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June 16, 2009 Comments (0) News

Time To Vote For PSK Finalists!

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woodsmonkeyico85x85Yes, it’s finally time for everyone to settle down with some coffee or your favorite libation and take a gander at the articles submitted from the finalists for the Woods Monkey Perfect Survival Kit.  As mentioned, the prizes for the winner will be a Charles May Custom OSK knife, a custom lanyard and survival bracelet from Scott’s Knots.

Below are the three finalists for our contst.  We appreciate everyone that particpated, and regret that everyone can’t win.  There were some good ideas and different style kits out there, and it’s evident that there’s more than a few folks that know what they are doing.  The three finalists are listed in alphabetical order by last name.  We didn’t want to put them in any kind of random order and have people guess our intent with the order placement.  We also left everything in the articles alone and only did the formatting required to place the articles on our site.

Voting starts today as soon as you would like to vote.  Voting will carry on through 11:59 p.m. EST June 30th, 2009.  In order to vote, please email us at contest@woodsmonkey.com .  When you send your email to us give us either your full name or your username.  The email you send to cast your vote must come from the email address associated with your Woods Monkey member account.  So, make sure you use the correct email when you send us your vote.  When you send us your email include the following information:

  • Your full name or username associated with the email on the Woods Monkey account.
  • The Finalist # and/or name of the person you think should win the contest.

 

We would like to offer some suggestions about things to consider you vote:

  • Completeness of kit to cover most circumstances
  • Versatility of each and all items to use for different things
  • Size and Portability to take with you on the trail.  How easy to pack for what it offers?
  • How many enviornments will the kit handle?
  • Can a person truly make it for a week or longer with nothing but this kit?
  • Have the critical basics been covered to sustain life?


We’re looking forward to seeing what you think about what these guys put together.  Our deadlines are strict, so please make sure to cast your vote before the end of the voting period.  Again, the finalists are listed in alphabetical order by last name.

 

Finalist #1:  Don Logar

20 Item Perfect Survival Kit

“What are the twenty best items I can include in my kit for long-term (more than a week) survival usage?”

Logar1aWhen I look at the question to answer for this contest, I see two challenges to meet instead of one. There is obviously the 20 best items challenge, but there is also the duration challenge of long- term usage. This immediately put a spin on the type of kit I was conjuring up before the contest started. Long- term usage tells me that the items I pick must be durable, able to take a beating to the elements, so goodbye to that emergency reflective blanket and garbage bag! It also tells me that they must be limitless of use, meaning batteries not required! The challenge is getting interesting!

The kit I put together to meet the challenges of the contest question are composed three- fold. First, I put together the tools necessary to sustain me for long- term survival. These tools are perfect for making everything needed out in the wild. The second part of the kit is composed of raw/ semi- raw materials not found in nature needed to provide you with the materials necessary for quick production of additional items not carried in the kit. The versatility of this part of the kit is only limited to the imagination and the user’s knowledge of the outdoors; for me, it is unlimited. The third part of the kit is things that will help signal others to get me out of the wild should this Woods Monkey ever want or need to leave. Some of the items blend and merge with aspects of the other two parts of the kit idea, but that is due to the multiple uses each item has.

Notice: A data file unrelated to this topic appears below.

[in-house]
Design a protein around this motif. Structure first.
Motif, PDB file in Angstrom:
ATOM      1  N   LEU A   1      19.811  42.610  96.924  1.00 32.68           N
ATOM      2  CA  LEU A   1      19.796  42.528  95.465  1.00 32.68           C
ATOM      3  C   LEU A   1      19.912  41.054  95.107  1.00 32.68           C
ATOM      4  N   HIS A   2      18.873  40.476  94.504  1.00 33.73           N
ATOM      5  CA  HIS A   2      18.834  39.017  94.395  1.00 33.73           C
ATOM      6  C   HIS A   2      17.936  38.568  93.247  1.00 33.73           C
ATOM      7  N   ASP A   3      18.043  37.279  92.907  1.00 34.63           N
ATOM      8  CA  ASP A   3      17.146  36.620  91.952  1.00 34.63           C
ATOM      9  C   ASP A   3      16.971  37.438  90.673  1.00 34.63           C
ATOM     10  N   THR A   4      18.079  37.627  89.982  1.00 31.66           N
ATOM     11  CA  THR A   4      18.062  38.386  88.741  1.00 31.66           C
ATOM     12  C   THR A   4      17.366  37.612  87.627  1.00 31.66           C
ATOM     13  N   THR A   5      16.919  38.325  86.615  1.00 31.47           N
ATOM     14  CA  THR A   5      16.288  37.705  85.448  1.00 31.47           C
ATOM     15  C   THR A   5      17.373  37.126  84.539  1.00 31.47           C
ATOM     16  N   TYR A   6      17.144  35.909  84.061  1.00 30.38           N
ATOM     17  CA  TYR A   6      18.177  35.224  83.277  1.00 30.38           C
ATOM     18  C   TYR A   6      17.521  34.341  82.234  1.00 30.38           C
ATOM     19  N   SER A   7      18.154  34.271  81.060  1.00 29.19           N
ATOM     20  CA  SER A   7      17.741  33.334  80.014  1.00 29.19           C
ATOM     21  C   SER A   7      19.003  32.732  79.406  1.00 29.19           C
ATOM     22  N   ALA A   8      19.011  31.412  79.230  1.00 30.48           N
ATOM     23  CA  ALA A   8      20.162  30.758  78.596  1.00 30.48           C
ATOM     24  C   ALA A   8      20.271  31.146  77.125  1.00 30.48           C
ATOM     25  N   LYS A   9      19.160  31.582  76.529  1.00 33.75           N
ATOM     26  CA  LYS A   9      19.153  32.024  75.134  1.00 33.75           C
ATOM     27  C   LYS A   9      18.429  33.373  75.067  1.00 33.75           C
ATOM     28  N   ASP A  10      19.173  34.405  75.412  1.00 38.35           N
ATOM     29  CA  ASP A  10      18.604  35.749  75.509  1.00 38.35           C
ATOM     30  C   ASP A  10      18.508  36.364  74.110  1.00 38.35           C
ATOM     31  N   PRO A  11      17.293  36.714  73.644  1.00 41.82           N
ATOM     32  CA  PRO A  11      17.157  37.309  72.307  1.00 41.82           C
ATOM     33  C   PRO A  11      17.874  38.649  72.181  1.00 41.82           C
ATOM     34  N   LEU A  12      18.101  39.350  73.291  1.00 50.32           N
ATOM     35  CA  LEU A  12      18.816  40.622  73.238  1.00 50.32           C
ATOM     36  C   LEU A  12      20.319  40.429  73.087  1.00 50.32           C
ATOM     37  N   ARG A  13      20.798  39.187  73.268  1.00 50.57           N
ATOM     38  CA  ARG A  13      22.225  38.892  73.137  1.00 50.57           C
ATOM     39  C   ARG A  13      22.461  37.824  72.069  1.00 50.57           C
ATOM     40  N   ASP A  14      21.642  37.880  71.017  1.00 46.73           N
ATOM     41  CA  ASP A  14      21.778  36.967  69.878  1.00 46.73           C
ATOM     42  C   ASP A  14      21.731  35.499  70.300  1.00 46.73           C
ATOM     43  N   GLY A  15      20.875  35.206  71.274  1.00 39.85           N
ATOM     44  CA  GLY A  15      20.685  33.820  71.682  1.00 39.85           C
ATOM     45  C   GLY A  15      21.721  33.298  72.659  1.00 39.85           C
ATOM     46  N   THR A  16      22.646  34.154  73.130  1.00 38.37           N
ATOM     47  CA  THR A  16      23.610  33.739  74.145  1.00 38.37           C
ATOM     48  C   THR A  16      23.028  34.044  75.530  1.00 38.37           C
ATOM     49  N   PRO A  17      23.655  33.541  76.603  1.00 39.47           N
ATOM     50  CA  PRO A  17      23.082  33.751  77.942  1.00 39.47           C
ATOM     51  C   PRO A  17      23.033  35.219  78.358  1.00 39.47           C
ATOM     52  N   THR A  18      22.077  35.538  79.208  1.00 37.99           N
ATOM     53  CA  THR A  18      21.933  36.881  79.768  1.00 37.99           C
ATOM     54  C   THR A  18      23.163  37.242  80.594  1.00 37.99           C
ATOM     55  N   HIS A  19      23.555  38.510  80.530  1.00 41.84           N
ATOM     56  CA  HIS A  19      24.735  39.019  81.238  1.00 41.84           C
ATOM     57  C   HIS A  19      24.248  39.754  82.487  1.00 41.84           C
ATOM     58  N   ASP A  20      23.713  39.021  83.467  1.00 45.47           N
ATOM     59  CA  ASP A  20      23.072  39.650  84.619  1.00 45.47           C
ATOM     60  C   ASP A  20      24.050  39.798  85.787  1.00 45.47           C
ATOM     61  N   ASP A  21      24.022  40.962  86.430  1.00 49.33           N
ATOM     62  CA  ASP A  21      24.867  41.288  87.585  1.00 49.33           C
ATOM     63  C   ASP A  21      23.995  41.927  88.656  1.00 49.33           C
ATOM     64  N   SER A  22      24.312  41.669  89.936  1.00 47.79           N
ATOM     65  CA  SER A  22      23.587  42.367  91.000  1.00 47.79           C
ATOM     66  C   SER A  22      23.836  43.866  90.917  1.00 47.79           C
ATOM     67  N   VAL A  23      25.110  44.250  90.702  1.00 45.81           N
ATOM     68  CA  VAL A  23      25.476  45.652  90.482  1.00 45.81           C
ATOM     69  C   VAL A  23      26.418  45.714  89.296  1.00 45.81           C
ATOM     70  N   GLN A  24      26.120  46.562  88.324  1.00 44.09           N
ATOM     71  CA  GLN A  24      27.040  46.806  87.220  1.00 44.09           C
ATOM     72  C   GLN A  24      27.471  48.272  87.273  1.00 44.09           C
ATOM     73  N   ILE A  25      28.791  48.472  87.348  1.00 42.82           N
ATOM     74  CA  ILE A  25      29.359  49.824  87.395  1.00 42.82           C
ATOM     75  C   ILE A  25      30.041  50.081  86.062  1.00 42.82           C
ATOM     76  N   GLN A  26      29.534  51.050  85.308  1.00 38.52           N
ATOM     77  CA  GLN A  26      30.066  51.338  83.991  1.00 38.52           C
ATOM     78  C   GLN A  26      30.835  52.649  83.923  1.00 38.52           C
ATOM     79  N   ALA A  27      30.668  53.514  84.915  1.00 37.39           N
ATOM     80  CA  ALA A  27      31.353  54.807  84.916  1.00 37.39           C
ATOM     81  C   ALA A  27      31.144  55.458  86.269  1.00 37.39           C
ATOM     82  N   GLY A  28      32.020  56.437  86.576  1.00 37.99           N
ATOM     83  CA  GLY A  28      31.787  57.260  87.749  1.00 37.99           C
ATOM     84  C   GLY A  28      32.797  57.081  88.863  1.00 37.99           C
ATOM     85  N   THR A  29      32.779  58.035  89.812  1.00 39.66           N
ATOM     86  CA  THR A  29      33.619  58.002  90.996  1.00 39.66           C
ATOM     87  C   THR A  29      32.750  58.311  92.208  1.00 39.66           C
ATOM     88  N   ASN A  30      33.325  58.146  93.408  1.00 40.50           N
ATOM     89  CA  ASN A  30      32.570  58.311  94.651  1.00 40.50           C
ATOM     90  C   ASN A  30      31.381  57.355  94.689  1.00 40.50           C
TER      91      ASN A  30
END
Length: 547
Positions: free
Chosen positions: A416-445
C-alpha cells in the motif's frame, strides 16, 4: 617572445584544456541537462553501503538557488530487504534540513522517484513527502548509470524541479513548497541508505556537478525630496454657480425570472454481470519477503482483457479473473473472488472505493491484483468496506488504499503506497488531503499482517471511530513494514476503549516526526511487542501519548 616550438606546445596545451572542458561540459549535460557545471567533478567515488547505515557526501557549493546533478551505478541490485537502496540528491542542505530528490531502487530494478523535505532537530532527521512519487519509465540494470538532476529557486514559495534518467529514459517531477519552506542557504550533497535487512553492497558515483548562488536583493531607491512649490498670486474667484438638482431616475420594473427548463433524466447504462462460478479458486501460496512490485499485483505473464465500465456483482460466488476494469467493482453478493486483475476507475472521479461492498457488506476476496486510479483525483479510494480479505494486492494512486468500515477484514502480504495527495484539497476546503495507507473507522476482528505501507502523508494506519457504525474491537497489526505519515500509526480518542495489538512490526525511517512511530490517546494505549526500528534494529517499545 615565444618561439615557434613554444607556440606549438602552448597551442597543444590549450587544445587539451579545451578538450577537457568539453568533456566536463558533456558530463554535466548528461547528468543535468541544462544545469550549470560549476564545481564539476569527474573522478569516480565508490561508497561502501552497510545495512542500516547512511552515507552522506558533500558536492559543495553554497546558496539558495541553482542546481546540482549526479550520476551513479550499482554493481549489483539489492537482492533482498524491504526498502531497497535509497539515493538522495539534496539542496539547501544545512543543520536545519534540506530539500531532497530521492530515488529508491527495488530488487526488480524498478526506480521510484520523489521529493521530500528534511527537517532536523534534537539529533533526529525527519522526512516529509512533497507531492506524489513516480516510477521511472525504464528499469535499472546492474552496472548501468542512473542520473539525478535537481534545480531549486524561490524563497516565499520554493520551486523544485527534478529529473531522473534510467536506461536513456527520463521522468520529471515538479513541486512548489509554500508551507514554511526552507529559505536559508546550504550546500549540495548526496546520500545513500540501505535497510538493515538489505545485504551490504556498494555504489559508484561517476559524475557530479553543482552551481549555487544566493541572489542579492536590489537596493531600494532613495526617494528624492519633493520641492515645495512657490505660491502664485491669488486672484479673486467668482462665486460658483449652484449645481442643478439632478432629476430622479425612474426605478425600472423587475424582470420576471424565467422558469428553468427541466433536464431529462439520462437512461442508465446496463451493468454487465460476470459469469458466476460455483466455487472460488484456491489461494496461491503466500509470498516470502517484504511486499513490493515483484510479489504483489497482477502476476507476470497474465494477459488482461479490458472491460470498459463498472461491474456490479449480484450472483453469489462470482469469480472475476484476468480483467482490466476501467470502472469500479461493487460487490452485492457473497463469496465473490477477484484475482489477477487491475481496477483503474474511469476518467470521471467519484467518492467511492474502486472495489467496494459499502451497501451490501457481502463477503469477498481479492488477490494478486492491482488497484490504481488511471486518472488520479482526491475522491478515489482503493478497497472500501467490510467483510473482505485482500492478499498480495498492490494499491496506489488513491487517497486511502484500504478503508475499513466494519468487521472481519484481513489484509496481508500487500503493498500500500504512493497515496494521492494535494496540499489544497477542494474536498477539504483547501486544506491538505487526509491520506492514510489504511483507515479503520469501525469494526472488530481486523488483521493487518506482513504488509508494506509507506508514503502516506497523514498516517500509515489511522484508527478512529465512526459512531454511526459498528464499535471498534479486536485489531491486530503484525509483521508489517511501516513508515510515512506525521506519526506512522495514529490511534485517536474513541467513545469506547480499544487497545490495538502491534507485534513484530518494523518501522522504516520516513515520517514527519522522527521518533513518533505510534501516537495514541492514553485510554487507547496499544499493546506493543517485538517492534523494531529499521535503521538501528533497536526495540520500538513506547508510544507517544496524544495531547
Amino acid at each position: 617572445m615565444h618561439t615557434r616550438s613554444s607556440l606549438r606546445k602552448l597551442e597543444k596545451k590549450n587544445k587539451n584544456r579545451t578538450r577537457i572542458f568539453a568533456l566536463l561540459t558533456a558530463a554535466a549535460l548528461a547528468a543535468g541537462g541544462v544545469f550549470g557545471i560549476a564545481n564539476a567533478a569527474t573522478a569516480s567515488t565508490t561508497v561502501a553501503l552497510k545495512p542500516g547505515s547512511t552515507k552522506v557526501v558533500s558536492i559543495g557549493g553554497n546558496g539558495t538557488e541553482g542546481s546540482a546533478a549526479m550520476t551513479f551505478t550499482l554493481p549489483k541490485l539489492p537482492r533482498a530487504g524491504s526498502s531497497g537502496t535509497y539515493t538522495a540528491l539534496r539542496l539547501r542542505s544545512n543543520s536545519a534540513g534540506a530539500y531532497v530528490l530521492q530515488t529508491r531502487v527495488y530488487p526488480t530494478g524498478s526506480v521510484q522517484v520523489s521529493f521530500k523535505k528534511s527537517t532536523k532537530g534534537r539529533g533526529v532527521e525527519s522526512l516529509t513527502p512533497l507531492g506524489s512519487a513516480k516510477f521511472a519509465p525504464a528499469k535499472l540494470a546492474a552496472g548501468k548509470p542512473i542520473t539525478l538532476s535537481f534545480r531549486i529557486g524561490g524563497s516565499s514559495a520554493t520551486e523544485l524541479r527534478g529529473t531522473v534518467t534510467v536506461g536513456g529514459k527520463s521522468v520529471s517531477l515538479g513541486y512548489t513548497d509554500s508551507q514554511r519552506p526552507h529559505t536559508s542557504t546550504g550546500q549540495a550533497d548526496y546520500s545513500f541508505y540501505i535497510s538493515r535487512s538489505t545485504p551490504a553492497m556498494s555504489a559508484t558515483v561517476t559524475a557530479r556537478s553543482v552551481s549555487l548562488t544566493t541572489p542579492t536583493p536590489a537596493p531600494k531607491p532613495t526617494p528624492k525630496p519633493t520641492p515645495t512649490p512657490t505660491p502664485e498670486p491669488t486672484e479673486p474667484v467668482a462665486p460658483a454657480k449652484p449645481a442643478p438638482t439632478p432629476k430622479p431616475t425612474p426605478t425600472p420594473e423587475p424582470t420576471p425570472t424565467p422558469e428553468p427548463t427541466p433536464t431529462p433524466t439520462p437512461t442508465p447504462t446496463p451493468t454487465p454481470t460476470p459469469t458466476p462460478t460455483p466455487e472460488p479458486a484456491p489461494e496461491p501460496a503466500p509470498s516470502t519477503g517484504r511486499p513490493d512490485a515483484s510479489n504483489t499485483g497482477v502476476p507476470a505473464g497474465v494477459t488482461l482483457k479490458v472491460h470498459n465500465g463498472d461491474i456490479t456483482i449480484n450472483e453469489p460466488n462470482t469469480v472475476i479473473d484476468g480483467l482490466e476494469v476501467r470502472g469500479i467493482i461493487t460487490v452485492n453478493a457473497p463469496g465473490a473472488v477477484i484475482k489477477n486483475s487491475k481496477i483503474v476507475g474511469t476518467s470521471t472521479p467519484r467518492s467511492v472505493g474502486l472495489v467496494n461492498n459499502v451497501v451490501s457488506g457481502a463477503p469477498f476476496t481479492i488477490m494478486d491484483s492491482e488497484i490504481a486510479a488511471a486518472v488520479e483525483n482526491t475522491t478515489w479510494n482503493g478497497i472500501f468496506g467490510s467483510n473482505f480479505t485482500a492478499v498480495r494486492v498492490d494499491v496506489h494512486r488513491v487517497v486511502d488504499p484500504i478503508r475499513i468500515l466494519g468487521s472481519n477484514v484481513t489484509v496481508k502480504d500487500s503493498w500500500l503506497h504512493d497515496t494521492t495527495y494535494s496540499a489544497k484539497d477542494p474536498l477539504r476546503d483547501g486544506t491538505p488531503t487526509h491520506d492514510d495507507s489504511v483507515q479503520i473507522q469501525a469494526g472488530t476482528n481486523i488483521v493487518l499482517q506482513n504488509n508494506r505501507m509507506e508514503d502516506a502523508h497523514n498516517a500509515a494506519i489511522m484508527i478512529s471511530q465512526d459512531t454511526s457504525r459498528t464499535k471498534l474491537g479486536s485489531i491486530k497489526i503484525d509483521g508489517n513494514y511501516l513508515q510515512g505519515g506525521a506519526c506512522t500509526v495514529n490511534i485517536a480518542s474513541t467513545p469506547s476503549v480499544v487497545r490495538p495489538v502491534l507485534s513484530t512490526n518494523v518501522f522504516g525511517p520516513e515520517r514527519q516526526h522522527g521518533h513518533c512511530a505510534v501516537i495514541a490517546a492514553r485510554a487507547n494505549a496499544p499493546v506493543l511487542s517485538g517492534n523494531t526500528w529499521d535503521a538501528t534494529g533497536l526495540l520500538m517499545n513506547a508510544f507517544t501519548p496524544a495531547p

The following are the items of my kit. I did not place them in any order of significance. Each item is followed by the uses I would use them for, but that does not necessarily mean that is all that an item can be used for. I also gave the qualities of each item that I felt were significant to note. The items fit very comfortably in a small daypack. Some of you Woods Monkeys might be thinking that a daypack size kit might be too large, but you have to consider this. If you were to be in a survival scenario for long term (more than a week,) where would you be? My thought to that question was in a very remote location, deep in a national forest or desert. I would not be in a State park or Metro park somewhere on a heavily used trail on a day-hike. The items would be carried in a pack for the trip and the tools would be used everyday as part of my gear. The quick materials would be reserved for survival use. For this contest the items conveniently fit in a daypack to give you a size of the 20 items all packaged up; as if this was all you had, it would be all you would need to survive long term. The amount of the consumable items is also considered for long-term use. When it comes to my consumable survival materials, I would rather have a little too much than just not enough if my life counted on it. As for the daypack size, I can still carry it with me on a day hike where all the sensitive metro hikers go, along with a picnic style lunch and a bottle of wine or a thermos of hot chocolate in the winter, the whole time my girlfriend thinking I was just being thoughtful making her feel that much safer and comfortable in the woods.

Logar2a1.    Ontario Knife Company SP-8 Machete $60- cut, chop, saw, pry, shovel, split, hammer, shave (wood,) chisel, draw. The blade is 1095 carbon steel. Holds edge well and razor sharp. The blade is full tang and ¼ inch thick making it excellent for batoning wood. The machete is THE survival knife throughout the world, whether it is in the jungles of South America or the savannah of Africa, no survival tool is more useful.